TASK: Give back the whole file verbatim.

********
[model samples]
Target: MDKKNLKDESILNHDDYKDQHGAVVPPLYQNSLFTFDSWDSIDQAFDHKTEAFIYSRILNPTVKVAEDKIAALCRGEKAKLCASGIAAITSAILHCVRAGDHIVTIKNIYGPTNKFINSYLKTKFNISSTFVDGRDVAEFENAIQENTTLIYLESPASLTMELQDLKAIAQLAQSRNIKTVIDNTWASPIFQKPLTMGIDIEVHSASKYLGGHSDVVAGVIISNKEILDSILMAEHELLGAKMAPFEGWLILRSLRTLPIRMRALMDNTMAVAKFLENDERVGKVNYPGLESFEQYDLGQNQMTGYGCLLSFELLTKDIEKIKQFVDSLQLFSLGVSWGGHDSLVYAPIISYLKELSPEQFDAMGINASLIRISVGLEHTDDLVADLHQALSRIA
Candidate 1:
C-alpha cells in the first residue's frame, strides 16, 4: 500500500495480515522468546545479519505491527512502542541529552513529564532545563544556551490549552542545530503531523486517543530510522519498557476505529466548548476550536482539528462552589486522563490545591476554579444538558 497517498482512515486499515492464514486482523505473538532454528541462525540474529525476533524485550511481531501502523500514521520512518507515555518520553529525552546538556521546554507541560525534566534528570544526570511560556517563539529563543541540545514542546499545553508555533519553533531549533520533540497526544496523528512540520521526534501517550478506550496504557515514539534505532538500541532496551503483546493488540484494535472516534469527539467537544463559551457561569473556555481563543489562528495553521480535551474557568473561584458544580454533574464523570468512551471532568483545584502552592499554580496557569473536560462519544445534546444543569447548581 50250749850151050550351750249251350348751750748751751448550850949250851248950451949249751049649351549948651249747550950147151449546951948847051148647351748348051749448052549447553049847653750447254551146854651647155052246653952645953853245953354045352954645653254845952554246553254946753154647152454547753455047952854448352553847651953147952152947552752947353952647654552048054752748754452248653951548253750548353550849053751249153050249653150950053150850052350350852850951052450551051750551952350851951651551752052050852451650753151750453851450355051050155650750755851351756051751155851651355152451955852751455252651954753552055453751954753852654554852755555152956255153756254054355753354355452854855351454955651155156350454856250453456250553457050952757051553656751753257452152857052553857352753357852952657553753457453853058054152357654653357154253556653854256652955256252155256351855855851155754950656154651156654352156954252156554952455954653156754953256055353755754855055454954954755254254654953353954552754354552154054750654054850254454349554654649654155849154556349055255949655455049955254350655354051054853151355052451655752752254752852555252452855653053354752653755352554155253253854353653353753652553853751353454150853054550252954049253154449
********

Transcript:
[model samples]
Target: MDKKNLKDESILNHDDYKDQHGAVVPPLYQNSLFTFDSWDSIDQAFDHKTEAFIYSRILNPTVKVAEDKIAALCRGEKAKLCASGIAAITSAILHCVRAGDHIVTIKNIYGPTNKFINSYLKTKFNISSTFVDGRDVAEFENAIQENTTLIYLESPASLTMELQDLKAIAQLAQSRNIKTVIDNTWASPIFQKPLTMGIDIEVHSASKYLGGHSDVVAGVIISNKEILDSILMAEHELLGAKMAPFEGWLILRSLRTLPIRMRALMDNTMAVAKFLENDERVGKVNYPGLESFEQYDLGQNQMTGYGCLLSFELLTKDIEKIKQFVDSLQLFSLGVSWGGHDSLVYAPIISYLKELSPEQFDAMGINASLIRISVGLEHTDDLVADLHQALSRIA
Candidate 1:
C-alpha cells in the first residue's frame, strides 16, 4: 500500500495480515522468546545479519505491527512502542541529552513529564532545563544556551490549552542545530503531523486517543530510522519498557476505529466548548476550536482539528462552589486522563490545591476554579444538558 497517498482512515486499515492464514486482523505473538532454528541462525540474529525476533524485550511481531501502523500514521520512518507515555518520553529525552546538556521546554507541560525534566534528570544526570511560556517563539529563543541540545514542546499545553508555533519553533531549533520533540497526544496523528512540520521526534501517550478506550496504557515514539534505532538500541532496551503483546493488540484494535472516534469527539467537544463559551457561569473556555481563543489562528495553521480535551474557568473561584458544580454533574464523570468512551471532568483545584502552592499554580496557569473536560462519544445534546444543569447548581 50250749850151050550351750249251350348751750748751751448550850949250851248950451949249751049649351549948651249747550950147151449546951948847051148647351748348051749448052549447553049847653750447254551146854651647155052246653952645953853245953354045352954645653254845952554246553254946753154647152454547753455047952854448352553847651953147952152947552752947353952647654552048054752748754452248653951548253750548353550849053751249153050249653150950053150850052350350852850951052450551051750551952350851951651551752052050852451650753151750453851450355051050155650750755851351756051751155851651355152451955852751455252651954753552055453751954753852654554852755555152956255153756254054355753354355452854855351454955651155156350454856250453456250553457050952757051553656751753257452152857052553857352753357852952657553753457453853058054152357654653357154253556653854256652955256252155256351855855851155754950656154651156654352156954252156554952455954653156754953256055353755754855055454954954755254254654953353954552754354552154054750654054850254454349554654649654155849154556349055255949655455049955254350655354051054853151355052451655752752254752852555252452855653053354752653755352554155253253854353653353753652553853751353454150853054550252954049253154449